Potential of thiol-amphiphile glycosaminoglycans as redox-sensitive nanoparticles

last updated: 2018-06-08
ProjectComplexiTE :: publications list
TitlePotential of thiol-amphiphile glycosaminoglycans as redox-sensitive nanoparticles
Publication TypeComunication - Oral
Year of Publication2017
AuthorsCarvalho A. M., Teixeira R., Novoa-Carballal R., Reis R. L., and Pashkuleva I.

Glycosaminoglycans (GAGs) are key elements of the pericellular space, where they are involved in
several signalling pathways determining cell fate [1,2]. The main transmitters of GAGs bioactivity are
their cell surface receptors, such as CD44 for hyaluronan (HA) and tyrosine-protein phosphatase S,
PTPσ, for chondroitin sulfate (CS) [3,4]. While overexpression of CD44 is a hallmark of various
malignant tumours, the interaction of CS with PTPσ is associated with inhibition of the axons growth
and reduced neural regeneration. In this study, we modified HA and CS with a short (C9) alkane thiol.
The functionalization was performed in an end-on fashion using oxime click chemistry at the reducing
end of the GAG thus, preserving its bioactivity. The obtained novel amphiphilic GAGs (HA-C9 and
CS-C9) self-assemble into micelles at physiological conditions. We explored the redox-sensitivity
(due to the presence of the thiol group) and the encapsulation ability in both hydrophobic and
hydrophilic compartments of the generated micelles. The synthesis of the aminooxy-alkylthiol was
preformed following previously described procedures [5]. Oxime coupling was carried out in 1/1
mixtures of ethanol or DMSO/phospohate buffer (pH 4.5) right after in situ deprotection of the
aminooxy group from the n-hidroxyphatalimide precursor. The obtained amphiphilic GAGs were
purified by dialysis against ethanol and characterized by 1H NMR (modification degree and purity).
Critical micellar concentration (CMC) was determined by fluorescence spectroscopy using Nile Red.
Size of micelles was determined through dynamic light scattering (DLS) and atomic force
microscopy, -potential was accessed by electrophoretic light scattering. Redox-sensitivity was
evaluated by monitoring the particle disassembleing upon addition of redox agent 1,4-Dithiothreitol
(DTT) by DLS and confirmed by Nile Red fluorescence quenching. The ability to encapsulate both
hydrophobic and hydrophilic compounds was demonstrated by determining the encapsulation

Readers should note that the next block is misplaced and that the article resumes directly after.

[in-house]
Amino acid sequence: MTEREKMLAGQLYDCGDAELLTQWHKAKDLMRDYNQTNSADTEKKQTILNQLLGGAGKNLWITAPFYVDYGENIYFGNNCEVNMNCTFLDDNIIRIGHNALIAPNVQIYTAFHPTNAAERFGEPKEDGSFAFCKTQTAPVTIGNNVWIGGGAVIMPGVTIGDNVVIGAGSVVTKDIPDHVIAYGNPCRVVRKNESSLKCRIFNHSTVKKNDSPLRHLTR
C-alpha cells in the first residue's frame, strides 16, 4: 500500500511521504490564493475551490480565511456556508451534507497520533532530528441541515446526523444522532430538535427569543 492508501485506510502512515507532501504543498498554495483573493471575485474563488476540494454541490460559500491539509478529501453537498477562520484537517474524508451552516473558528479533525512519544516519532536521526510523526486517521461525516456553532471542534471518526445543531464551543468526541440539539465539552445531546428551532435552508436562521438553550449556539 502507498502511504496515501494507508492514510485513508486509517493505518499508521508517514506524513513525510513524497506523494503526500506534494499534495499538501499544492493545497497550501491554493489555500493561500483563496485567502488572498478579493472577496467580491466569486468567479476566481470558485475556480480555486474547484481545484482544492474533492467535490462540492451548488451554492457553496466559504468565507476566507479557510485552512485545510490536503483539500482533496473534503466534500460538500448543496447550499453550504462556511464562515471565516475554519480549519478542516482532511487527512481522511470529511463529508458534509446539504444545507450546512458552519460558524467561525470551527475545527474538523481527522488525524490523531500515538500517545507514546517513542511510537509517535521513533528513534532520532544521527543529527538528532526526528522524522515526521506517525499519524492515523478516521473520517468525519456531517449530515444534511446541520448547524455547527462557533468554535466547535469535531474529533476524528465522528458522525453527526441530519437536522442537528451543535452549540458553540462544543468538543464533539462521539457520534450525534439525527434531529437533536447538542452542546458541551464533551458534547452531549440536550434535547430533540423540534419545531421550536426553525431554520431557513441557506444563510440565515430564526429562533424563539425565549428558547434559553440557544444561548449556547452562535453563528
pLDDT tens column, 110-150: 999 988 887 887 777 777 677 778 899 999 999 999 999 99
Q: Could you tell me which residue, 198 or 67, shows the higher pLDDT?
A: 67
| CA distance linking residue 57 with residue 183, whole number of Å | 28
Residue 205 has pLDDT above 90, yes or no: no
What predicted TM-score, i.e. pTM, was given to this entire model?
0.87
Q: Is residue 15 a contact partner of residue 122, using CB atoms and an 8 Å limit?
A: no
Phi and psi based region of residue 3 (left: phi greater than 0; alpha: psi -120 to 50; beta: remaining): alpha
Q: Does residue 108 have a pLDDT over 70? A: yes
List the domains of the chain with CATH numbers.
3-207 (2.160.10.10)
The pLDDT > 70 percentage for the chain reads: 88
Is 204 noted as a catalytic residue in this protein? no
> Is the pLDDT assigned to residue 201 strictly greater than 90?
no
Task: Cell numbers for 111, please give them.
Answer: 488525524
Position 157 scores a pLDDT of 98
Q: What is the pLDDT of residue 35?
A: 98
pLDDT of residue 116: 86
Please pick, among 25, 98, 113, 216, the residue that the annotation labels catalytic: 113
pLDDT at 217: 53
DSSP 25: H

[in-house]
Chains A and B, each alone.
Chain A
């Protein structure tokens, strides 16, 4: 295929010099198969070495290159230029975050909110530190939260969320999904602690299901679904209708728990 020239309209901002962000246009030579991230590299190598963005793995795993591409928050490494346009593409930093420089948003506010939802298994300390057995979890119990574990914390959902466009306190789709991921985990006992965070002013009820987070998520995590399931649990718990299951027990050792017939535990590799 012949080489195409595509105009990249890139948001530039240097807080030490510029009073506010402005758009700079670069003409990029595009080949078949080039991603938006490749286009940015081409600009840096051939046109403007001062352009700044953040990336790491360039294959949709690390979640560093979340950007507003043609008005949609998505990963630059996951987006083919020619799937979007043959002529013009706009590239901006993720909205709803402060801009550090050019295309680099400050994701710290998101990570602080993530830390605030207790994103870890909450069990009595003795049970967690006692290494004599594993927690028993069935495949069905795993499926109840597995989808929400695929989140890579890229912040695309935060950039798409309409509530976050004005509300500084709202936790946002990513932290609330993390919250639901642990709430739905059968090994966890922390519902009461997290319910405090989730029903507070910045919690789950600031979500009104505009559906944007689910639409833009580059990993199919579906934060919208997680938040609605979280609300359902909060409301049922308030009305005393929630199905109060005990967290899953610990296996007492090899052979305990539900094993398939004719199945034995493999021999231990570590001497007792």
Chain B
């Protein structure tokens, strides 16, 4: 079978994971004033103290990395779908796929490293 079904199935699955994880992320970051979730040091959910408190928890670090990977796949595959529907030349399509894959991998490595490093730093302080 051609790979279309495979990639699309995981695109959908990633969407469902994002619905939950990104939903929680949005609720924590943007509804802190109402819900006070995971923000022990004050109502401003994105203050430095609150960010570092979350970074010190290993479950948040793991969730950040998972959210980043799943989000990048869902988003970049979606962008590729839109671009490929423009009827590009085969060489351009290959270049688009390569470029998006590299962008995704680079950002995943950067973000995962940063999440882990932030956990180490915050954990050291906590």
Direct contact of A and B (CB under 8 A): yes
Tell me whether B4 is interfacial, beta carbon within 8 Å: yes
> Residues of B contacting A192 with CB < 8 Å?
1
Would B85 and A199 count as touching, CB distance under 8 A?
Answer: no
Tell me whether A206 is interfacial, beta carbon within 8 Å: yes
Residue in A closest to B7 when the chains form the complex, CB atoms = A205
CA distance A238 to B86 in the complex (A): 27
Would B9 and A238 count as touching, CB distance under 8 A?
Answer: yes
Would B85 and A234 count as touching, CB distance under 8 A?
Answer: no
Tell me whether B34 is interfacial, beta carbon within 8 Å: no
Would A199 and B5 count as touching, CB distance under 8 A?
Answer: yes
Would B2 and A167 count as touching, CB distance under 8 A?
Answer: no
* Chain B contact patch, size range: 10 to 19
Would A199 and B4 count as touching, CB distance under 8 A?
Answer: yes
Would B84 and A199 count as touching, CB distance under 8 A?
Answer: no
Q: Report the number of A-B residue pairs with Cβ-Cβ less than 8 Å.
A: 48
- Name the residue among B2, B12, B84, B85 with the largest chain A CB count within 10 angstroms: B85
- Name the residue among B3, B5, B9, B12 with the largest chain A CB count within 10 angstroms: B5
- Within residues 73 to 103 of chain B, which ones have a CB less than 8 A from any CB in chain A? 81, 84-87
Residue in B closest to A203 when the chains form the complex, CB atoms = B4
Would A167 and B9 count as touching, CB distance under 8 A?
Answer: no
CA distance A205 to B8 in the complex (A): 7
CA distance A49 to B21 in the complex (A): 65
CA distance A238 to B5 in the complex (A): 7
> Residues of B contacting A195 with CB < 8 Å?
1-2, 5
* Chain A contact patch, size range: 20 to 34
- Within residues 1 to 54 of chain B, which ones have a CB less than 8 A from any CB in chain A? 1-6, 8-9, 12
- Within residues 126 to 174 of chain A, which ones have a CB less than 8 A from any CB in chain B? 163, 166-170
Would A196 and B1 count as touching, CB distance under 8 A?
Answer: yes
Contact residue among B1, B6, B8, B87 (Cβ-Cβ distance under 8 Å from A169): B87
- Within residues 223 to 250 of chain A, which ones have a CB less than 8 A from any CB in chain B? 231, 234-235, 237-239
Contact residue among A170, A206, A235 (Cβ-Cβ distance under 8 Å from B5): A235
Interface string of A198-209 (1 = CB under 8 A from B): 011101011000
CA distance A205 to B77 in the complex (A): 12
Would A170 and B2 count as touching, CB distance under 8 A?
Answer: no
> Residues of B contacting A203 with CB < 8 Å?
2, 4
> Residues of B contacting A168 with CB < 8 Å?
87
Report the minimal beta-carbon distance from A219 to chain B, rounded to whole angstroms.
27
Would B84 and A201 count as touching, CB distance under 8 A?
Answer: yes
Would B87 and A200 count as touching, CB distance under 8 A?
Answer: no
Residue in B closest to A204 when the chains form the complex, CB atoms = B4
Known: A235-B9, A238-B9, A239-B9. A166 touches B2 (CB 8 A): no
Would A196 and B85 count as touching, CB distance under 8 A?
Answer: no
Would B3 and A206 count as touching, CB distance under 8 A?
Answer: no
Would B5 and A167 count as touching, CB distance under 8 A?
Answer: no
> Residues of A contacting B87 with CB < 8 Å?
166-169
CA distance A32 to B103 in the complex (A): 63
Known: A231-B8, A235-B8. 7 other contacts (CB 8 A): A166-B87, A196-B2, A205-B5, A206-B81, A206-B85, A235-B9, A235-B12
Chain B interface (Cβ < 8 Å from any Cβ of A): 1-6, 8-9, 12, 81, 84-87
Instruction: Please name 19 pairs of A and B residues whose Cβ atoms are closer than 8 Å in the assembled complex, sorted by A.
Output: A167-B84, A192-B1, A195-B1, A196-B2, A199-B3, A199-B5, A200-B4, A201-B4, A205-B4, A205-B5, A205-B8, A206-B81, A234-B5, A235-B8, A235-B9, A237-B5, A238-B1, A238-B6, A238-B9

efficacy of Nile Red and Dextran-FITC respectively. Both HA-C9 (99% modified) and CS-C9 (68%
modified) formed aggregates with 150 nm and 200 nm of diameter, respectively, and a negative
superficial charge -30 mV. Importantly, the CMC did not change significantly upon increasing the
temperature to the physiological one. Upon the addition of DTT, we observe a micelle disaggregation
of HA-C9 as a result of the cleavage of sulphide bridges between polymers. This effect was not
observed when CS-C9 was used instead. Finally, we were able to entrap either hydrophilic (shell) or
hydrophobic (core) compound in the HA-C9 micelles and release them upon stimulus (redox
environments) relevant for tumour therapeutics. The obtained HA-C9 micelles are prominent as
tumour therapeutics as they (i) can target cells overexpressing the CD44 via the HA presented on
the surface; (ii) response to the tumour relevant redox stimulus; and (iii) allow entrapment of either
hydrophilic or hydrophobic drugs.

1. Fuster M. M. and Esko J. D., Nature Rev Cancer. 2005, 5, 526-542;
2. Bulow H. E. and Hobert O, Annu Rev Cell Dev Biol. 2006, 22, 375-407;
3. Shen Y. J. et al., Science. 2009, 326, 592-596;
4. Isacke, C. M. and Yarwood, H., Int J Biochem Cell Biol. 2002, 34,718–721;
5. Chan E. et al., Langmuir 2001, 18, 311–313;

Conference NameGluPor - Carcoidratos em Portugal e potencial de diferenciação internacional
Date Published2017-09-11
Conference LocationAveiro, Portugal
KeywordsCD44, Drug targeting, Glycosaminoglycans, Redox-sensitivity
Peer reviewedno

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